GOP Demands Records After Discovering Biden Used Several Fake Names, Alternate Emails While VP


House Oversight Committee Chairman James Comer called on the National Archives and Records Administration to turn over documents and communications from President Joe Biden’s time as vice president that overlapped with his son Hunter Biden’s business activities in Ukraine.

Among the requests Comer made to NARA in a Thursday letter were communications Joe Biden sent or received using pseudonyms.

The committee wants “any document or communication in which a pseudonym for Vice President Joe Biden was included either as a sender, recipient, copied or was included in the contents of the document or communication, including but not limited to Robert Peters, Robin Ware, and JRB Ware.”

These pseudonyms were used by Biden in emails recovered from Hunter’s infamous laptop, according to the New York Post.

Additionally, Comer seeks “any document or communication in which Hunter Biden, Eric Schwerin, or Devon Archer was included either as a sender, recipient, copied, or was included in the contents of the document or communication.”

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Archer and Schwerin were Hunter’s business partners.

In a news release, Comer noted, “Joe Biden has stated there was ‘an absolute wall’ between his family’s foreign business schemes and his duties as Vice President, but evidence reveals that access was wide open for his family’s influence peddling. We already have evidence of then-Vice President Biden speaking, dining, and having coffee with his son’s foreign business associates.”

Comer also seeks all drafts of a speech Biden delivered to the Ukrainian Rada on Dec. 9, 2015.

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In testimony before the Oversight Committee last month, Archer recounted that days before Biden’s speech, he and Hunter traveled to Dubai to participate in a Burisma board meeting. Burisma executives Mykola Zlochevsky and Vadym Pozharsky were also in attendance.

At one of the meetings, Archer said the executives asked Hunter to “call D.C.” in relation to the heat they were feeling from Ukrainian prosecutors.

“They requested Hunter, you know, help them with some of that pressure,” Archer said. “You know, government pressure from Ukrainian government investigations into Mykola.”

Five days after that call, Biden gave his speech in Ukraine, saying, “The office of the general prosecutor desperately needs reform.”

So Comer is probably trying to see if lines about reforming the general prosecutor’s office were added to Biden’s speech after the phone call.

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That office was led by Viktor Shokin, who was investigating potential corruption at Burisma at the time.

Biden was the Obama administration’s point man on Ukraine while Hunter served on Burisma’s board, earning $1 million per year.

The elder Biden demanded that then-Ukrainian President Petro Poroshenko fire Shokin or forfeit $1 billion in U.S. loan guarantees.

At a Council on Foreign Relations meeting in January 2018, Biden spoke proudly about what transpired.

“I said, ‘I’m telling you, you’re not getting the $1 billion. … I’m leaving in six hours. If the prosecutor is not fired, you’re not getting the money,’” he recalled telling Poroshenko.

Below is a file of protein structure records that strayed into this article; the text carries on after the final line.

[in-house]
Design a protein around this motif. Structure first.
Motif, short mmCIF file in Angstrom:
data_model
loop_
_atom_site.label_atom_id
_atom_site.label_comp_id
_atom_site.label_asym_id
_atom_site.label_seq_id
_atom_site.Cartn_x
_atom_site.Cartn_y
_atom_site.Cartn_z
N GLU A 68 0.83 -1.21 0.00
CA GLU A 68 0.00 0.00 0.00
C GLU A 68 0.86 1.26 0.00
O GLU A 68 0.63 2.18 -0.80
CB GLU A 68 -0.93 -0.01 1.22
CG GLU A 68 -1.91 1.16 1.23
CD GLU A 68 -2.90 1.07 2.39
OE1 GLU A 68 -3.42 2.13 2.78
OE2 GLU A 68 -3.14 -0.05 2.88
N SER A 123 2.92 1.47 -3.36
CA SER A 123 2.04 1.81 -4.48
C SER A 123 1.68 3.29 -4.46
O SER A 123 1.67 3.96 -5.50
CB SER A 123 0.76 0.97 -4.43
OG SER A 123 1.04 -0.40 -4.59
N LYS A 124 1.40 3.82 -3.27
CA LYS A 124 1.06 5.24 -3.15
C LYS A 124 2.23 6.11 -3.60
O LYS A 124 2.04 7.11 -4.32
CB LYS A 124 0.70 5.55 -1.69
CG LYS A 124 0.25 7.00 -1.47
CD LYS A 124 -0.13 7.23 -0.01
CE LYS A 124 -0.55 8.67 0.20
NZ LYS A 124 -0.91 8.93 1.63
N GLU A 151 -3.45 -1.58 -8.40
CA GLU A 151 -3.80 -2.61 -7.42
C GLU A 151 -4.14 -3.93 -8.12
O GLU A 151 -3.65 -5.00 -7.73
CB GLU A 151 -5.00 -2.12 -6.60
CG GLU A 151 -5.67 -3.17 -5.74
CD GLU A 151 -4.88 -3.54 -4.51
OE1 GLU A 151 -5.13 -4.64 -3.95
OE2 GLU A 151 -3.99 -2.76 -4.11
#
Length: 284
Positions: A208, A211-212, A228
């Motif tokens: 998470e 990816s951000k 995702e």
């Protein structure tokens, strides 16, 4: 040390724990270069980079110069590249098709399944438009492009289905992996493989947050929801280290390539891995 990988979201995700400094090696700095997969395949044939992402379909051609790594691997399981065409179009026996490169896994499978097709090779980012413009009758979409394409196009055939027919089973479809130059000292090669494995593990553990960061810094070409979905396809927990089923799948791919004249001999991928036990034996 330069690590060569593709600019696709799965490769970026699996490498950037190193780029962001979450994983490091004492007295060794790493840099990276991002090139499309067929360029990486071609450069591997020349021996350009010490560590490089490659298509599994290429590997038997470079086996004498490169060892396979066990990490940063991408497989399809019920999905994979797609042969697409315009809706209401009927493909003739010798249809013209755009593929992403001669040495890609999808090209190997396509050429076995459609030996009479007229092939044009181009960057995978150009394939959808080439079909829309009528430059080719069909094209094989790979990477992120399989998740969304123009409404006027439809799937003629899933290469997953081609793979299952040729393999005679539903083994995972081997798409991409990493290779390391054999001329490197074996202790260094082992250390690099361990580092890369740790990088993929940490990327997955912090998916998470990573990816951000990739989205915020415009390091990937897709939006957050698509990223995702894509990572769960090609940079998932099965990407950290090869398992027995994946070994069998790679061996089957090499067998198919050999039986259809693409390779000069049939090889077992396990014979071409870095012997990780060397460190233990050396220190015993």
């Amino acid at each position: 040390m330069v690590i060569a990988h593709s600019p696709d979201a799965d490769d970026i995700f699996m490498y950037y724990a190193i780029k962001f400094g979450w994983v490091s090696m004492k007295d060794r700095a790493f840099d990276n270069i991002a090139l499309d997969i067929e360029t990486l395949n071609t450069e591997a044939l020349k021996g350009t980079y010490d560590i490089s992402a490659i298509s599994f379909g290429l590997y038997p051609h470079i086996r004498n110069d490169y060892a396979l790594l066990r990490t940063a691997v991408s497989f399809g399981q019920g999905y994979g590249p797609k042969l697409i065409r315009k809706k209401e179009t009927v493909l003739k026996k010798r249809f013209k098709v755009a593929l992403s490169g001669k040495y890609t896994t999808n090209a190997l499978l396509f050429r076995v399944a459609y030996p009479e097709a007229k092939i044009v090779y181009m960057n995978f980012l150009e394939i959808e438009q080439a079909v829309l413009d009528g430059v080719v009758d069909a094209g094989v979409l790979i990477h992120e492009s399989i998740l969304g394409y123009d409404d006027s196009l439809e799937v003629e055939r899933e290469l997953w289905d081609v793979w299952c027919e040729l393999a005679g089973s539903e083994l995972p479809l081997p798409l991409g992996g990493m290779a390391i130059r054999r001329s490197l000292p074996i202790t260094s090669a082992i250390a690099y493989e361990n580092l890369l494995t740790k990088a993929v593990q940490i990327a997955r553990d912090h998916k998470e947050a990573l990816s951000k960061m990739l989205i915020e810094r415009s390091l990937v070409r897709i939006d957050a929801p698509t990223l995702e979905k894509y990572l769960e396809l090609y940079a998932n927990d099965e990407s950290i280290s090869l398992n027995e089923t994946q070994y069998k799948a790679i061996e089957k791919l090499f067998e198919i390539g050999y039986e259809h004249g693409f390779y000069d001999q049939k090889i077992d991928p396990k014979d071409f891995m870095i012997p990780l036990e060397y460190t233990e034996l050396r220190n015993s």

“Well, son of a b****, he got fired. And they put in place someone who was solid at the time,” he added.

A whistleblower came forward to the FBI in 2020 to allege that Joe and Hunter Biden each received a $5 million bribe from Burisma while Joe Biden was vice president.

In June, Biden laughed off the allegations, saying, “Where’s the money?” He then added, “I’m joking. It’s a bunch of malarkey.”

Comer wrote in his letter to NARA:

“The Committee seeks to craft legislative solutions aimed at deficiencies it has identified in the current legal framework regarding ethics laws and disclosure of financial interests related to the immediate family members of Vice Presidents and Presidents — deficiencies that may place American national security and interests at risk.

“The Committee is concerned that foreign nationals have sought access and influence by engaging in lucrative business relationships with high-profile political figures’ immediate family members, including members of the Biden family,” the chairman added.

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Randy DeSoto has written more than 3,000 articles for The Western Journal since he joined the company in 2015. He is a graduate of West Point and Regent University School of Law. He is the author of the book "We Hold These Truths" and screenwriter of the political documentary "I Want Your Money."
Randy DeSoto is the senior staff writer for The Western Journal. He wrote and was the assistant producer of the documentary film "I Want Your Money" about the perils of Big Government, comparing the presidencies of Ronald Reagan and Barack Obama. Randy is the author of the book "We Hold These Truths," which addresses how leaders have appealed to beliefs found in the Declaration of Independence at defining moments in our nation's history. He has been published in several political sites and newspapers.

Randy graduated from the United States Military Academy at West Point with a BS in political science and Regent University School of Law with a juris doctorate.
Harrisburg, Pennsylvania
Graduated dean's list from West Point
United States Military Academy at West Point, Regent University School of Law
Books Written
We Hold These Truths
Professional Memberships
Virginia and Pennsylvania state bars
Phoenix, Arizona
Languages Spoken
Topics of Expertise
Politics, Entertainment, Faith